A new white paper published by the nonprofit World Coffee Research (WCR) suggests research and development (R&D) funding in the coffee sector continues to be woefully short if roasters and consumers want to continue to enjoy coffee as they know it today.
The study estimates that the world would need to invest approximately $452 million new dollars per year in agricultural research and development (R&D) over the next decade in order to maintain green coffee diversity and quality.
With lesser investments or the status quo, the coffee industry is likely to experience mass consolidation in coffee production, as well as a dramatic reduction in diversity in terms of quality arabica coffee varieties and their origins, the authors suggest. These phenomena will be precipitated primarily by climate change and stress on producers amidst increasing global demand.
The paper characterizes the $452 million financial benchmark as an “investment gap” and says that the global green coffee sector is facing an “innovation crisis.”
The research behind the paper was led by Dr. Mywish Maredia, a professor of development economics in the Department of Agricultural, Food, and Resource Economics at Michigan State University, and MSU Ph.D. student Jose María Martínez.
“This scale of underinvestment cannot continue if the world wants to continue drinking its favorite beverage,” Maredia said in an announcement shared by WCR. “Increasing global investments in coffee R&D to accelerate innovations across multiple countries can help reverse this trend and support the coffee sector to keep up with growing consumer demand and respond to the challenges of climate change and poverty, while avoiding further consolidation of production.”
WCR is a globally focused nonprofit based in Portland, Oregon, that relies on numerous funding sources for programming and operations, including contributions from the private sector. The organization is hosting a webinar with CEO Jennifer “Vern” Long and lead author Maredia on the research on Wednesday, June 12.
The new paper encourages investment throughout the coffee world, which the authors say has been woefully underfunded compared to other agricultural sectors and industries of comparable consumer value. The authors specifically identified the coffee sectors in parts of Latin America and Africa as most in need of R&D funding due to historic deficiencies.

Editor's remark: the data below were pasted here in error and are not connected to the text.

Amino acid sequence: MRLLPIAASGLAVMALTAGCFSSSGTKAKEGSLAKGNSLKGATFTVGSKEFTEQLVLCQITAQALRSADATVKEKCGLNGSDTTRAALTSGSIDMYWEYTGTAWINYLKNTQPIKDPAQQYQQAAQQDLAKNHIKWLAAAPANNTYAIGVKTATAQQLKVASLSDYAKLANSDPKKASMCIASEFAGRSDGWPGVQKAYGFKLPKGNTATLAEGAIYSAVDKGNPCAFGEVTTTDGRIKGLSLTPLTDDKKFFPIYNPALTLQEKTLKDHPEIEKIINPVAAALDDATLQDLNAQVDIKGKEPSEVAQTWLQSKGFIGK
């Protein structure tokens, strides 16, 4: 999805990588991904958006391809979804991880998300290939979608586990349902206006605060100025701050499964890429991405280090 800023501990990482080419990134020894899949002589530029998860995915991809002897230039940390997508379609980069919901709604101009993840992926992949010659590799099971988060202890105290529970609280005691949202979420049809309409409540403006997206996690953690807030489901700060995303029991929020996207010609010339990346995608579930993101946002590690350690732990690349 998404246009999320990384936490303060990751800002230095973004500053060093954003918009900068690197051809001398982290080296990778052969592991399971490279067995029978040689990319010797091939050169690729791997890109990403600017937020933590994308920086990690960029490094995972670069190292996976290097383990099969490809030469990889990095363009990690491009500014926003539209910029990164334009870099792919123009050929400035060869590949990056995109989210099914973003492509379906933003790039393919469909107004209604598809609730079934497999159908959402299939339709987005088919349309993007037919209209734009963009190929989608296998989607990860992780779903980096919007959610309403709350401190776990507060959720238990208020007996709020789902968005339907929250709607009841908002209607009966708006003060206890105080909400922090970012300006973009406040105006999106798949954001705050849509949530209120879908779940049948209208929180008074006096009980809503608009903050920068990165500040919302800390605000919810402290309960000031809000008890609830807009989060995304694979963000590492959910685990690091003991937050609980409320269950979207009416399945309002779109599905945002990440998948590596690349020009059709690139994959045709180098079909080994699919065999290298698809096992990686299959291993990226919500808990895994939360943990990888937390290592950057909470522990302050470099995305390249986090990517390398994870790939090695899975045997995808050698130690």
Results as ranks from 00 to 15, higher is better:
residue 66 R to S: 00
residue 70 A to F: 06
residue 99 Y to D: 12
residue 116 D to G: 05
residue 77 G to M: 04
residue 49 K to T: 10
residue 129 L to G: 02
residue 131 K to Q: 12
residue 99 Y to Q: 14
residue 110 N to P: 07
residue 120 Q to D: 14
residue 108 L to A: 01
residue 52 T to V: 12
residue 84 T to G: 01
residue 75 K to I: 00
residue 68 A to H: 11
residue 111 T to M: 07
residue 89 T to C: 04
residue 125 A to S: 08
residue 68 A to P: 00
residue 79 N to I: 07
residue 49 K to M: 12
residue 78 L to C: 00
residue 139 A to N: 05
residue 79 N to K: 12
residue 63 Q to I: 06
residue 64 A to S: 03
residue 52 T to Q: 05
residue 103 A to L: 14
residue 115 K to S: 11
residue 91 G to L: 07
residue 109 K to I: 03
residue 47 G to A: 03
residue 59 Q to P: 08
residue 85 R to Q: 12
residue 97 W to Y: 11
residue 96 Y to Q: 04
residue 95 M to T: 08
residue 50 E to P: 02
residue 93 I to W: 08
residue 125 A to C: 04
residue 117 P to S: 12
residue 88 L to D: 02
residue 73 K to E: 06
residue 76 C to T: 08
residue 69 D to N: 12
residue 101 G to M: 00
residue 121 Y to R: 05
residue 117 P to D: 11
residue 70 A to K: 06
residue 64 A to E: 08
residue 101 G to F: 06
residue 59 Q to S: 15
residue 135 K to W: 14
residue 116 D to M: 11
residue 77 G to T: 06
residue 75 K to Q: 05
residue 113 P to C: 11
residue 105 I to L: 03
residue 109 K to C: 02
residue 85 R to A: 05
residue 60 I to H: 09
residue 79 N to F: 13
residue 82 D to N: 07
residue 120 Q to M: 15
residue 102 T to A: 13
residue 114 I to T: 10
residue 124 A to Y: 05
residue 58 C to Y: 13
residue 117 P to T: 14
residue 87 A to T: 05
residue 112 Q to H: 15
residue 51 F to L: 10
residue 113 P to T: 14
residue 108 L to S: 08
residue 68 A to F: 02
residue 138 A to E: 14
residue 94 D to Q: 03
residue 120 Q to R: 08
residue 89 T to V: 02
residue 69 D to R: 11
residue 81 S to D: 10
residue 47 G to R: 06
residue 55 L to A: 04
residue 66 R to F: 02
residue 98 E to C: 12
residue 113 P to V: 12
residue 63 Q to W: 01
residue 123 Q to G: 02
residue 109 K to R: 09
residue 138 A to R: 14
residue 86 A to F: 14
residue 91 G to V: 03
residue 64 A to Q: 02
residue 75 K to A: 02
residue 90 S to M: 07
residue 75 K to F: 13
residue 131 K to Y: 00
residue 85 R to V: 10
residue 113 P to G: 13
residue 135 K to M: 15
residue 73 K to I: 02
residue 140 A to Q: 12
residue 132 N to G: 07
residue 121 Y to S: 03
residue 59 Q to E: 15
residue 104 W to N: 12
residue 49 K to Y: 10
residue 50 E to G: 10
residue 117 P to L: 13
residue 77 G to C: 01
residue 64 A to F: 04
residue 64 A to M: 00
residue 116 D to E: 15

The paper is rife with heretofore unpublished financial statistics regarding R&D investments in the sector.
It says the current global investment in coffee R&D is estimated to be $115 million per year, with 90% coming from the public sector and 10% coming from the private sector. That equates to just under half a cent per every dollar of green coffee produced globally, according to the researchers.
The authors also say that the total value of green coffee makes up about 4.8% of the total value of agricultural output in the 45 coffee-producing countries included in the analysis.
“Coffee should therefore make up a similar percentage of agriculture sector investments in these countries — yet today, the investment amount is a mere 1.8%,” the paper states.
The paper concludes that a nearly four-fold increase in R&D investments is needed in the coffee sector to further prevent consolidation and loss of commercial green coffee diversity.
Wrote the authors, “For an industry with a retail value of more than US$200 billion, this would mean setting aside less than 0.3 cents for every $1 of coffee retailed to consumers.”
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Nick Brown is the editor of Daily Coffee News by Roast Magazine.